available to teachers. Thus, computational geometry that helps

improve cell phone service, GPS, etc. should be promoted as a

consequence of supporting research in Computational Geometry.

a few additional comments:

- at Siggraph, there is no predefined number of papers to be accepted:

the quality of submissions sets the pace, and the organizers manage.

- I do not think posters are the solution : a poster is not a full

publication, and people are unlikely to travel / spend time+money for

a jump seat.

- an important reason to attend a conference is to get exposed to

stimulating and new topics. I do not think novelty will be boosted as

long as the distinction between 'core CG' and 'non core CG' will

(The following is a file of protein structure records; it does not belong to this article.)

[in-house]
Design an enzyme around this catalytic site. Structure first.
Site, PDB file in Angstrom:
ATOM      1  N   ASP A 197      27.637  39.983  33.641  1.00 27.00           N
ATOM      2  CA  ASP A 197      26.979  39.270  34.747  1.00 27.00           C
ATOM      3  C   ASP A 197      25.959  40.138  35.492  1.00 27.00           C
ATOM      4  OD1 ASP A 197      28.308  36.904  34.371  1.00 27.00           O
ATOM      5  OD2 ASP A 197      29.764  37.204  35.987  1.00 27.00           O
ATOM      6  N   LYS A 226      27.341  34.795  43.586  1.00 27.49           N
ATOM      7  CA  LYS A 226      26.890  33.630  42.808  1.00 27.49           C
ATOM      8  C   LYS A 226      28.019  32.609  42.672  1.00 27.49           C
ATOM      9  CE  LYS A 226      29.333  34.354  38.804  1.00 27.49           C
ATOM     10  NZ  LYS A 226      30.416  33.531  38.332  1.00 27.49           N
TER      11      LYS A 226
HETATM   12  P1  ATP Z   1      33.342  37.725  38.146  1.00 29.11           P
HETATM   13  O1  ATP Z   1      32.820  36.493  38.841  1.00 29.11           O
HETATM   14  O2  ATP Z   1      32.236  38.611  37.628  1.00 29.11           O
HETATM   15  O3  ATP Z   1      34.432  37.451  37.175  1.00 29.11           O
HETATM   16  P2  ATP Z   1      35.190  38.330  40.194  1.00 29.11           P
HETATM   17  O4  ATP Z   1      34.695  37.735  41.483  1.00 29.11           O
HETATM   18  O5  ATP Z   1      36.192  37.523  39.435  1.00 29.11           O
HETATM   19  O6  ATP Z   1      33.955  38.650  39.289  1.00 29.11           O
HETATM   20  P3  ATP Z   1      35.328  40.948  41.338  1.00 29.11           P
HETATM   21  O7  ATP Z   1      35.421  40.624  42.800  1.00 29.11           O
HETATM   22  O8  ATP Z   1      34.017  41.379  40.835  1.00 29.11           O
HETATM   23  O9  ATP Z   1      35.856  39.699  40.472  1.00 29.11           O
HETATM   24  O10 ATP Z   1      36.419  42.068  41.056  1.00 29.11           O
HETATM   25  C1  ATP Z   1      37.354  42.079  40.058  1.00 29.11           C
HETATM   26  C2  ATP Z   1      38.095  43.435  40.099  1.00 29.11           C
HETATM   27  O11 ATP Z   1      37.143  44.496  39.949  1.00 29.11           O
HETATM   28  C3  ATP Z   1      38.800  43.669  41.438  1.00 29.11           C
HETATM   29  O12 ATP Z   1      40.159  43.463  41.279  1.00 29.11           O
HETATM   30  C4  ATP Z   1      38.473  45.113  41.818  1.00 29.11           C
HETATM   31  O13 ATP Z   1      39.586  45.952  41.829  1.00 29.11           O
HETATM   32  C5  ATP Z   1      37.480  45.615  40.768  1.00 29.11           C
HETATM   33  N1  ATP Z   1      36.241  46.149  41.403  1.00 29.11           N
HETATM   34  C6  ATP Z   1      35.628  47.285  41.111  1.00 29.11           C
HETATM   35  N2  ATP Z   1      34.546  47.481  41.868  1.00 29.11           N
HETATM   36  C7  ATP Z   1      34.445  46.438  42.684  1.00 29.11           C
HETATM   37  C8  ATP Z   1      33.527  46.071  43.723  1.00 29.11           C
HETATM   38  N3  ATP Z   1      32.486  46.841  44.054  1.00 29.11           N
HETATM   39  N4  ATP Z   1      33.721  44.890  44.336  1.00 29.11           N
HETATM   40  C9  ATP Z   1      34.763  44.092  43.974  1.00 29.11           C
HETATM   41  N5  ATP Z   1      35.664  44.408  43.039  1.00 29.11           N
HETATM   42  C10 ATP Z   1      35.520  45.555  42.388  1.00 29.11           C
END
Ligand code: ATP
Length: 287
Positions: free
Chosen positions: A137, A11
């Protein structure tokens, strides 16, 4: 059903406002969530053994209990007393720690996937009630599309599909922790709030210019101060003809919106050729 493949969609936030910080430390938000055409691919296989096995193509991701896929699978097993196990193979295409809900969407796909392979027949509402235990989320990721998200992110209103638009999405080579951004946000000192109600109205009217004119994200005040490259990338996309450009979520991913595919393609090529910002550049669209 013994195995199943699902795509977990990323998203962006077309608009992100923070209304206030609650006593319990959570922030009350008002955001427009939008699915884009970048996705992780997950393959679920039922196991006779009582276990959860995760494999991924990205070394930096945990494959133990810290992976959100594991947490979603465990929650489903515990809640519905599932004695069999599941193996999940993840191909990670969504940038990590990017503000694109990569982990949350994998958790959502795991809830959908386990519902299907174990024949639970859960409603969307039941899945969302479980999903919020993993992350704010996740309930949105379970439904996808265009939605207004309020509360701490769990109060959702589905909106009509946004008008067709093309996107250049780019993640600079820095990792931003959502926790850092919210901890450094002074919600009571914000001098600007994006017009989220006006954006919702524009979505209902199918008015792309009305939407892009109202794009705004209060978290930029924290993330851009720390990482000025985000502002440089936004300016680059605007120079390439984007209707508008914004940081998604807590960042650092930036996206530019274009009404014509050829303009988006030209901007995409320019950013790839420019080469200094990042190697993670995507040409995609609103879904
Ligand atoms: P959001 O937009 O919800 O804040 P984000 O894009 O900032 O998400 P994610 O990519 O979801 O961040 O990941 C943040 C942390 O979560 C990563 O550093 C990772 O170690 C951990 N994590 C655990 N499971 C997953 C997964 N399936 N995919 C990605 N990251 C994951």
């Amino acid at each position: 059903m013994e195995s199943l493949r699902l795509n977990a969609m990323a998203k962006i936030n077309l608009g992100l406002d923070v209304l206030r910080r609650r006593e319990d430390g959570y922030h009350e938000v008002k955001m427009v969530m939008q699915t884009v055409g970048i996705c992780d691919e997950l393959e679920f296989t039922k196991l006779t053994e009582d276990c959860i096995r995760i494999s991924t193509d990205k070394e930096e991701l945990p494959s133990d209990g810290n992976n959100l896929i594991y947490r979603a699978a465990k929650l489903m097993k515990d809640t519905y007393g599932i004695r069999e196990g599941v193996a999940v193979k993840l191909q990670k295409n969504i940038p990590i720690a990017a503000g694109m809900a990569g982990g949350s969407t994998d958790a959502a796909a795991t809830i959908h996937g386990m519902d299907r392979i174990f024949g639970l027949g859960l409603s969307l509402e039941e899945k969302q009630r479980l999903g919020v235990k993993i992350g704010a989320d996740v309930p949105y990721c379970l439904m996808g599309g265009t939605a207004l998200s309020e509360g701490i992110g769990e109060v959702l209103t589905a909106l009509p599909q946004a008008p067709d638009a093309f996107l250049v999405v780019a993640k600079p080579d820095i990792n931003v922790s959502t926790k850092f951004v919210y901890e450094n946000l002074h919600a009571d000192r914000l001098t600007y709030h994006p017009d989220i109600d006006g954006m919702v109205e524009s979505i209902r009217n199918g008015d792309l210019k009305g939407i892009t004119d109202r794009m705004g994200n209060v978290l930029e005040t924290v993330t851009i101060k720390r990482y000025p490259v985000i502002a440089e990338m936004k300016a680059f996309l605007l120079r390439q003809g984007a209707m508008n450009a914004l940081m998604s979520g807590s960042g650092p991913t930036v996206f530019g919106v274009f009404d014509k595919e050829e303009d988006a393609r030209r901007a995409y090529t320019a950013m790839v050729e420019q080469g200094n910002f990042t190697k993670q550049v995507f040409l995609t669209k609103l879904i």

remain. cf also SGP, where a number of 'core CGers' go, because it's a

nice forum to get exposed to computational geometry in a more

eclectic sense.

Frederic says

" I do not think novelty will be boosted as long as the distinction between 'core CG' and 'non core CG' will remain. "

I tend to agree on this.

In fact I don't really know what 'core CG' is.

I see several different cores in CG... And there are surely many potential interesting geometric topics outside these cores.

Another remark: like Siggraph, SoCG has also no predefined number of accepted papers. Even though the final number is rather stable through years.

I already see SoCG as the conference (maybe not the only one) I would like to attend regularly. Still, we don't have a budget that is large enough to send all members of the group every year... SoCG cannot find a solution to this practical question.

Monique Teillaud